Italian Early Renaissance Painter, 1445-1510
Italian painter and draughtsman. In his lifetime he was one of the most esteemed painters in Italy, enjoying the patronage of the leading families of Florence, in particular the Medici and their banking clients. He was summoned to take part in the decoration of the Sistine Chapel in Rome, was highly commended by diplomatic agents to Ludovico Sforza in Milan and Isabella d Este in Mantua and also received enthusiastic praise from the famous mathematician Luca Pacioli and the humanist poet Ugolino Verino. By the time of his death, however, Botticelli s reputation was already waning. He was overshadowed first by the advent of what Vasari called the maniera devota, a new style by Perugino, Francesco Francia and the young Raphael, whose new and humanly affective sentiment, infused atmospheric effects and sweet colourism took Italy by storm; he was then eclipsed with the establishment immediately afterwards of the High Renaissance style, which Vasari called the modern manner, in the paintings of Michelangelo and the mature works of Raphael in the Vatican. From that time his name virtually disappeared until the reassessment of his reputation that gathered momentum in the 1890s Related Paintings of Sandro Botticelli :. | Three Miracles of St Zanobius:driving the demon out of two youths,reviving a dead child,restoring sight to a blind man | The Story of Lucretia | Judith with the Head of Holofernes (mk36) | Birth of Venus | Pallas and the Centaur (mk36) |
Related Artists:James Wilson Morrice
(August 10, 1865 Montreal - January 23, 1924 Tunis) was a significant Canadian landscape painter. He studied at the Academie Julian in Paris, France, where he lived for most of his career.
Morrice was the son of a wealthy merchant, and studied law in Toronto from 1882 to 1889. In 1890 he left to study painting in England. The next year he arrived in Paris, where he studied at the Academie Julian from 1892-7. At Julians he befriended Charles Conder and Maurice Prendergast, and also met Robert Henri.
Morrice continued to live in Paris until the First World War, although he spent most of his winters in Canada. He made many connections in the intellectual circles of Paris, while also remaining in touch with the Canadian art world:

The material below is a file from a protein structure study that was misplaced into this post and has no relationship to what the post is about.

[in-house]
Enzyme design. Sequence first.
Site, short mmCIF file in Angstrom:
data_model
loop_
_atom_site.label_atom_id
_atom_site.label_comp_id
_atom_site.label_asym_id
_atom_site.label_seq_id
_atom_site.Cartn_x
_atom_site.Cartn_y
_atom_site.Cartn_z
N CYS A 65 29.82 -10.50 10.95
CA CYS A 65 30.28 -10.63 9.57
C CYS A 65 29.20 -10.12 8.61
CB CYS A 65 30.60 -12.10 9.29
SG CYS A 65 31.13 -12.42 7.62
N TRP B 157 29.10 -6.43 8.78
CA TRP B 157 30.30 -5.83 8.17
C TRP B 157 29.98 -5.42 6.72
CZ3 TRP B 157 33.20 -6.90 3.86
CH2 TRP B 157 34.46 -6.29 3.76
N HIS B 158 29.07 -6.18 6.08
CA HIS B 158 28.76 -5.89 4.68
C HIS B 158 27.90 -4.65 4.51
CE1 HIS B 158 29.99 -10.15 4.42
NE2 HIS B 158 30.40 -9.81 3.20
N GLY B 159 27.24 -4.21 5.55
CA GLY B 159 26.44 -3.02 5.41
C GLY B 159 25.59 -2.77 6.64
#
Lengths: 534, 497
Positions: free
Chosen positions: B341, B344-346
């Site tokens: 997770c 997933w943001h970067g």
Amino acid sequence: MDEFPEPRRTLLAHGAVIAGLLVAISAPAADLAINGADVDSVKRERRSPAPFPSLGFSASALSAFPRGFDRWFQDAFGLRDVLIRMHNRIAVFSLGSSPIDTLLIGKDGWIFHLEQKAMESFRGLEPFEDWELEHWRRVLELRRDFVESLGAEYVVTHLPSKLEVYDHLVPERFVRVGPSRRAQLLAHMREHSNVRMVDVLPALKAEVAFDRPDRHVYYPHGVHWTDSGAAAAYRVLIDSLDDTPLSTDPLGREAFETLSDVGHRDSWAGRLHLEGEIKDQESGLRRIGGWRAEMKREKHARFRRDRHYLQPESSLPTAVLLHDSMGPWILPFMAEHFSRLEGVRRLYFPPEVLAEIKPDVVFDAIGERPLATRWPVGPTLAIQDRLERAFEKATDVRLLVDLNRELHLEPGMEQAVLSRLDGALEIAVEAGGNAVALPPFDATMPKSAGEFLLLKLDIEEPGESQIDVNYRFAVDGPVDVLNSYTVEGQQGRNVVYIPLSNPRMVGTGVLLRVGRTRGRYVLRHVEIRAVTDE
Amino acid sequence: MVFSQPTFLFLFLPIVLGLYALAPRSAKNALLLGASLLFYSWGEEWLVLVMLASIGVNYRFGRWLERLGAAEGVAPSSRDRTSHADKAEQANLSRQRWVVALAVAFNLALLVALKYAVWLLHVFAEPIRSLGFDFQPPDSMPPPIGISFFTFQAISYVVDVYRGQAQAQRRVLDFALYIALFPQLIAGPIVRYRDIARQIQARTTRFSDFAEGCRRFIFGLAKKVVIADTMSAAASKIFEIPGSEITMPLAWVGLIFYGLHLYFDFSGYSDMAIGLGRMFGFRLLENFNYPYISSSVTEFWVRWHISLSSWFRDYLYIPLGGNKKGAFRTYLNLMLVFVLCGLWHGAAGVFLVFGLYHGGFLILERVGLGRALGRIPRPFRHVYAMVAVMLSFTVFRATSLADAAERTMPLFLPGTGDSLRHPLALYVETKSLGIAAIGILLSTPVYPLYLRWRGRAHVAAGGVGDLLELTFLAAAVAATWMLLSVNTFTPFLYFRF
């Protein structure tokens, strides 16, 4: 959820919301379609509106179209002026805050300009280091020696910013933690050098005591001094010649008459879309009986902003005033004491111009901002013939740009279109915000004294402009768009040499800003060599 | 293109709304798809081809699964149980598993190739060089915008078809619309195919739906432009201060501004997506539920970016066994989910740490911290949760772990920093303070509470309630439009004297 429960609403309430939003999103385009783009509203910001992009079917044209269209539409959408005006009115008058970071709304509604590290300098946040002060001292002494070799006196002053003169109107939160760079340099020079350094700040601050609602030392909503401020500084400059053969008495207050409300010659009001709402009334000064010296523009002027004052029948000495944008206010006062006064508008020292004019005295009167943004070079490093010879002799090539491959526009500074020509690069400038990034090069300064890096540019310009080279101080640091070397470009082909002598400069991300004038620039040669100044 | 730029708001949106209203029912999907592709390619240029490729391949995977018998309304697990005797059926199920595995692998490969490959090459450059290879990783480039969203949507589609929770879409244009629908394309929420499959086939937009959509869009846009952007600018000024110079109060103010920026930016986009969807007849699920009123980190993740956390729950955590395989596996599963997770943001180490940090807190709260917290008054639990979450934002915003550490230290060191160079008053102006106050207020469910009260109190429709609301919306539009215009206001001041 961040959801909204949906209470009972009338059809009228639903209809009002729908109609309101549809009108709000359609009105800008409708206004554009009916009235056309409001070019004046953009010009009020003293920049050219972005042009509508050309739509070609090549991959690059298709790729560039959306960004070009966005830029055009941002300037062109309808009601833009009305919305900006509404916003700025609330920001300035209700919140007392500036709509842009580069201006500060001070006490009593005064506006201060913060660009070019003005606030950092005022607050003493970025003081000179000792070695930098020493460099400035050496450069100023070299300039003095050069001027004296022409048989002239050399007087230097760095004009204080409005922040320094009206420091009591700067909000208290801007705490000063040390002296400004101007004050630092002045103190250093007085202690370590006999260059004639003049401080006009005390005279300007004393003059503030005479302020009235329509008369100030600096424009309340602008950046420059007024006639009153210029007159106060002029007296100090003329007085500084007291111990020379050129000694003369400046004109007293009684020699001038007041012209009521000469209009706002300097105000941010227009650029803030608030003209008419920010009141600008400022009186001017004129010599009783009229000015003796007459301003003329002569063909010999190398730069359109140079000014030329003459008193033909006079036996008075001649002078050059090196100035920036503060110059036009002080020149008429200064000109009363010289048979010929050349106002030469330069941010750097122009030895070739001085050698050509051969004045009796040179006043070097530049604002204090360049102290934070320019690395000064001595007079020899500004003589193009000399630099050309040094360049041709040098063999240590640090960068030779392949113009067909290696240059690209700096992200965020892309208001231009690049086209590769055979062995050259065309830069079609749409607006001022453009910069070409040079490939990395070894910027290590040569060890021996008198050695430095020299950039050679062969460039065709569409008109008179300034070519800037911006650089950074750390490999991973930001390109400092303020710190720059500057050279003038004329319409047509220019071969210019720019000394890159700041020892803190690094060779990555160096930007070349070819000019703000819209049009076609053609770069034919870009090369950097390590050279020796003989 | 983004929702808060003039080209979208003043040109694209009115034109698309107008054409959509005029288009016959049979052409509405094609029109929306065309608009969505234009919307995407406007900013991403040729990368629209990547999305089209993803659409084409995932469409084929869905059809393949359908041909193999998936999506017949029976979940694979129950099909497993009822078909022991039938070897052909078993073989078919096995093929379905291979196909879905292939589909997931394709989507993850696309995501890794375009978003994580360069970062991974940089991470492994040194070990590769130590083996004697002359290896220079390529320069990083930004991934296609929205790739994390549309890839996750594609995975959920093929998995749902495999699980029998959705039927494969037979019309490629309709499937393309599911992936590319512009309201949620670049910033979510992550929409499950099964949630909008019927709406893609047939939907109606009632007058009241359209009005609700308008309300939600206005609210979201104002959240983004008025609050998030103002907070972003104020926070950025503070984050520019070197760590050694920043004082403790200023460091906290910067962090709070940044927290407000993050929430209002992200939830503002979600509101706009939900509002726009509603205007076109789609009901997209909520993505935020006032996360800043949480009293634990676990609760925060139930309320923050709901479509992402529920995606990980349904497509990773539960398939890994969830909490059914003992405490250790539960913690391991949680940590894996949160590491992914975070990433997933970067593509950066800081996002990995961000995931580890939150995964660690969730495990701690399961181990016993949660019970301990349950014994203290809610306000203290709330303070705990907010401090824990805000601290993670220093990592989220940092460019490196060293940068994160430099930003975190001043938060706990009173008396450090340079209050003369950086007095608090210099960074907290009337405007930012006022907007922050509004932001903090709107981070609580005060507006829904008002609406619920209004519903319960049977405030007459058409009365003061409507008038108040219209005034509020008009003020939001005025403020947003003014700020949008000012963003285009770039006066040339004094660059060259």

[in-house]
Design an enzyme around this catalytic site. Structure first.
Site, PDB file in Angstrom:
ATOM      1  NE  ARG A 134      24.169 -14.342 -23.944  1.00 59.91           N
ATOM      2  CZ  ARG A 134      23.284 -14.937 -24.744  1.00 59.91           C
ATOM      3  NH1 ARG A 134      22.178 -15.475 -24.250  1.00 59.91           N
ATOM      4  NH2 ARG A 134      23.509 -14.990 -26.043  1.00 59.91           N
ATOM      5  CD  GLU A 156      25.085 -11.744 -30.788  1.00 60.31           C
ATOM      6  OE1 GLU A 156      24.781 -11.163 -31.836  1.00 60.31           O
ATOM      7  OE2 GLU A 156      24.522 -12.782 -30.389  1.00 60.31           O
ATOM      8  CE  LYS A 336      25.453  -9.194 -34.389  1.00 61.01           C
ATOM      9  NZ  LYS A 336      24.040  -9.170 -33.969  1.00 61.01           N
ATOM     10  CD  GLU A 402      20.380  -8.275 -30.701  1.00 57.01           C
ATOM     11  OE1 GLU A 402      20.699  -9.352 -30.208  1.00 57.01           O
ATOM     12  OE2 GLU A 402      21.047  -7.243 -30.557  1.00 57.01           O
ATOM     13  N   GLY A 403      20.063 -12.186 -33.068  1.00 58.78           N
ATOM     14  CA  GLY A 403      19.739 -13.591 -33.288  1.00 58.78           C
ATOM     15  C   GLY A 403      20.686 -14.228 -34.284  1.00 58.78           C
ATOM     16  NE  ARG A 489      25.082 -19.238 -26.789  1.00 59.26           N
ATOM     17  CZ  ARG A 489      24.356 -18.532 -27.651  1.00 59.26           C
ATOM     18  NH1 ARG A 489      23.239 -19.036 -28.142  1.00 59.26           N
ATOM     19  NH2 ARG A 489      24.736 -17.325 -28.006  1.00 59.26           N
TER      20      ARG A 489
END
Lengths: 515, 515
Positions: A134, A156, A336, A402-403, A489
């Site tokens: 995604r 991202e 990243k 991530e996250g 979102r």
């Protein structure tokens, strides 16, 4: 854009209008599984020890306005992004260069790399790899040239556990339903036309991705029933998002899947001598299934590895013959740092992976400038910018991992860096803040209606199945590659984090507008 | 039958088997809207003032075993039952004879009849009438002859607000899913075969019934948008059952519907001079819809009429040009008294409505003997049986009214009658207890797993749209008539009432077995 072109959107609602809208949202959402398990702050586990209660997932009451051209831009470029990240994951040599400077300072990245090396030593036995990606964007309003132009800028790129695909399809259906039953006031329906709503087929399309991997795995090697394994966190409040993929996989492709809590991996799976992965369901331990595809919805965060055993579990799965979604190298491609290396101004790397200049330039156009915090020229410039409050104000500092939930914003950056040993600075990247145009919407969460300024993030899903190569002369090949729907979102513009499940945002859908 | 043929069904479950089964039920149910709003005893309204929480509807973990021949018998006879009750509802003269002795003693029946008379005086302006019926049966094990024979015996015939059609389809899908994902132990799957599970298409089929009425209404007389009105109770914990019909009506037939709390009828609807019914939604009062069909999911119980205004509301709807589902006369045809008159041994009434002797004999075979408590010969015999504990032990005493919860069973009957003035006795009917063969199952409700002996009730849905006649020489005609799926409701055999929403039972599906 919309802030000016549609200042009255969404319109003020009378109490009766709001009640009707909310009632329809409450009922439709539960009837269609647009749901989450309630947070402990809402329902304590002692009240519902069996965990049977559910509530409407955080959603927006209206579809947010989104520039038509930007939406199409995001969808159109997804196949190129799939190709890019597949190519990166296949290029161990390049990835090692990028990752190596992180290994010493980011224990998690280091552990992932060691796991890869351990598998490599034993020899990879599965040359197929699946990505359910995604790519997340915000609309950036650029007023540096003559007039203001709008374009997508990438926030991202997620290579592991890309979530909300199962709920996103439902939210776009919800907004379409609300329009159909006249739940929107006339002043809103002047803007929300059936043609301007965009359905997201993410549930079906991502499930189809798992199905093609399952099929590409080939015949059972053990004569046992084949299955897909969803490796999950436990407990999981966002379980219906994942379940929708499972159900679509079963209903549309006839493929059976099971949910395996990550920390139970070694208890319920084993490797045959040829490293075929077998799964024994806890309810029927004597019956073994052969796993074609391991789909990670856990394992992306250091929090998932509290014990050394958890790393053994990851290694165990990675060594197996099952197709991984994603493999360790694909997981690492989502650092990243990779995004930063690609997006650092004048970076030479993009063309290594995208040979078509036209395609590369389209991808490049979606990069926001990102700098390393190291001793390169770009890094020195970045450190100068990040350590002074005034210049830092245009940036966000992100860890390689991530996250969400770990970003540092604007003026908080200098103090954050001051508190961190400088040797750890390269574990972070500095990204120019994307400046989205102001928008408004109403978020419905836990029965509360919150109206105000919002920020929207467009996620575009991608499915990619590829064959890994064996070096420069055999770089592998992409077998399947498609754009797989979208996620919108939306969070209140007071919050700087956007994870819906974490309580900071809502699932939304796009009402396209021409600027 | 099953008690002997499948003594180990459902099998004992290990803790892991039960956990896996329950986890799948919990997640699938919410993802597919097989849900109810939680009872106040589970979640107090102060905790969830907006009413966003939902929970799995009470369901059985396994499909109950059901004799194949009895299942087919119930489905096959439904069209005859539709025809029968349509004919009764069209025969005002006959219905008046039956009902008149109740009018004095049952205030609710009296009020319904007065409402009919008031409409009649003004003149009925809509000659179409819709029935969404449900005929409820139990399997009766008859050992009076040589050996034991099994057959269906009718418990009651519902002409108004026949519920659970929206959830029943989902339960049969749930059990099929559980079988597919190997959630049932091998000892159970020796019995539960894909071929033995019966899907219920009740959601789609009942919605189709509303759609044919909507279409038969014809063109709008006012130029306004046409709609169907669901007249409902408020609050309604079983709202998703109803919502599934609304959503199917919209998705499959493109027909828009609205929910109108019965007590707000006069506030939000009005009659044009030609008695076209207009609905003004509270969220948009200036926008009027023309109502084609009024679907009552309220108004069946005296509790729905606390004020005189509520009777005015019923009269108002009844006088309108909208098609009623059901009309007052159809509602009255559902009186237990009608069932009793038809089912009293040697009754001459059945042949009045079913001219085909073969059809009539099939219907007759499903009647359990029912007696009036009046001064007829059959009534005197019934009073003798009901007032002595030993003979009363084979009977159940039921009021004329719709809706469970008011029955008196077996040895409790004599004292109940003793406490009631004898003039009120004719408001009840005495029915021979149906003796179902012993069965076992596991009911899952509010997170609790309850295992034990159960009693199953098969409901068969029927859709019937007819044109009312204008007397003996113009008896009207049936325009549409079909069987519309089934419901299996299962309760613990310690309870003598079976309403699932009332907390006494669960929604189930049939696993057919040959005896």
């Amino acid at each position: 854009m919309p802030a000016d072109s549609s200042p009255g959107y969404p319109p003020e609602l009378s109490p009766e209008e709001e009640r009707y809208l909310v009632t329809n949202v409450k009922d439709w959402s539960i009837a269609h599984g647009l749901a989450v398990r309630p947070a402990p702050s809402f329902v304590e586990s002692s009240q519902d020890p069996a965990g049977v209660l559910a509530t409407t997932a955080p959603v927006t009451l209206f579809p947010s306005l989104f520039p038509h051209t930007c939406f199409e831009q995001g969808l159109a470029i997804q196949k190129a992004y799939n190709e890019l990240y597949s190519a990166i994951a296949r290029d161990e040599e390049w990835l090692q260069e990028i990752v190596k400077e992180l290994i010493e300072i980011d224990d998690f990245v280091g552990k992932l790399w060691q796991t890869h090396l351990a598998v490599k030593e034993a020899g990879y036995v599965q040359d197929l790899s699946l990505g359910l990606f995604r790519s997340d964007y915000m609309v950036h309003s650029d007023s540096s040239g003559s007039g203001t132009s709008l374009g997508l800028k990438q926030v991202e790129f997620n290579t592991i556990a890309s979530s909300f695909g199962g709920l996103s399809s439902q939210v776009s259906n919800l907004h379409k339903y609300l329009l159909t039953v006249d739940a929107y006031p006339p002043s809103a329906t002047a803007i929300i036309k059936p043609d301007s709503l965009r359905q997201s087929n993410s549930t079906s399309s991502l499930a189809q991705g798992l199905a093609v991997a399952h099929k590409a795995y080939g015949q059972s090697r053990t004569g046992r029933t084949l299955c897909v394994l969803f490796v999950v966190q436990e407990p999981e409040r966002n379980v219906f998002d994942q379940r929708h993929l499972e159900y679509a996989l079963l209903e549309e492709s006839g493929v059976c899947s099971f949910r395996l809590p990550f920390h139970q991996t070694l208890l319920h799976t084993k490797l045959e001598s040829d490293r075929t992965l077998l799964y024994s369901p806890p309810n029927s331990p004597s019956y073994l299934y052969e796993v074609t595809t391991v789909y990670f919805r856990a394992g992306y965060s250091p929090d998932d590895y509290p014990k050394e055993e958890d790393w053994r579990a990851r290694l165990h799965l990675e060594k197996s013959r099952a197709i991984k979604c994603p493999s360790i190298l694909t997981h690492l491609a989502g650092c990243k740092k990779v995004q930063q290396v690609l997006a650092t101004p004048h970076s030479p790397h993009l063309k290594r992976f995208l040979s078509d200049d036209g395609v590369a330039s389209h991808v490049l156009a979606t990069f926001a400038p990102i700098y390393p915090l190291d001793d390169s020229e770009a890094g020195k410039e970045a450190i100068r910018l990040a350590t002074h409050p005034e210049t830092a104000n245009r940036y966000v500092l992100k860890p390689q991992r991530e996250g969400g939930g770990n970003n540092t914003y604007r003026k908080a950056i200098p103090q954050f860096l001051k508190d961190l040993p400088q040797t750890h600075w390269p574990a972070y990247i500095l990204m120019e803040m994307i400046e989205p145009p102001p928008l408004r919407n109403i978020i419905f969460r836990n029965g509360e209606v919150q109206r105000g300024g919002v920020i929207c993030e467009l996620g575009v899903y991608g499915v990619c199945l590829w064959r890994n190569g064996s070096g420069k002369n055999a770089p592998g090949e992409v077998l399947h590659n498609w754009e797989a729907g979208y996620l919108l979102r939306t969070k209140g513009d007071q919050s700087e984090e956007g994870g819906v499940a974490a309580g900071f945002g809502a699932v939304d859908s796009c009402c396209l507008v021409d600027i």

Marsden Hartley (January 4, 1877 - September 2, 1943) was an American Modernist painter and poet in the early 20th century. Hartley was born in Lewiston, Maine, USA. He began his art training at the Cleveland Institute of Art after moving to Cleveland, Ohio in 1892.
At the age of 22, he moved to New York City, where he attended the National Academy of Design and studied painting at the Art Students League of New York under William Merritt Chase. A great admirer of Albert Pinkham Ryder, Hartley would visit Ryder's studio in Greenwich Village as often as possible. While in New York, he came to the attention of Alfred Stieglitz and became associated with Stieglitz' 291 Gallery Group. Hartley had his first major exhibition at the 291 Gallery in 1909 and another in 1912. He was in the cultural vanguard, in the same milieu as Gertrude Stein, Hart Crane, Charles Demuth, Georgia O'Keeffe, Fernand Leger, Ezra Pound, among many others.
Hartley, who was gay, painted Portrait of a German Officer (1914), which was an ode to Karl von Freyburg, a Prussian lieutenant of whom he became enamored before von Freyburg's death in World War I.anguissola sofonisba
The best known of the sisters, she was trained, with Elena, by Campi and Gatti. Most of Vasari's account of his visit to the Anguissola family is devoted to Sofonisba, about whom he wrote: 'Anguissola has shown greater application and better grace than any other woman of our age in her endeavours at drawing; she has thus succeeded not only in drawing, colouring and painting from nature, and copying excellently from others, but by herself has created rare and very beautiful paintings'. Sofonisba's privileged background was unusual among woman artists of the 16th century, most of whom, like Lavinia Fontana (see FONTANA (ii),(2)), FEDE GALIZIA and Barbara Longhi (see LONGHI (i), (3)), were daughters of painters. Her social class did not, however, enable her to transcend the constraints of her sex. Without the possibility of studying anatomy, or drawing from life, she could not undertake the complex multi-figure compositions required for large-scale religious or history paintings. She turned instead to the models accessible to her, exploring a new type of portraiture with sitters in informal domestic settings. The influence of Campi, whose reputation was based on portraiture, is evident in her early works, such as the Self-portrait (Florence, Uffizi). Her work was allied to the worldly tradition of Cremona, much influenced by the art of Parma and Mantua, in which even religious works were imbued with extreme delicacy and charm. From Gatti she seems to have absorbed elements reminiscent of Correggio, beginning a trend that became marked in Cremonese painting of the late 16th century. This new direction is reflected in Lucia, Minerva and Europa Anguissola Playing Chess (1555; Poznan, N. Mus.) in which portraiture merges into a quasi-genre scene, a characteristic derived from Brescian models.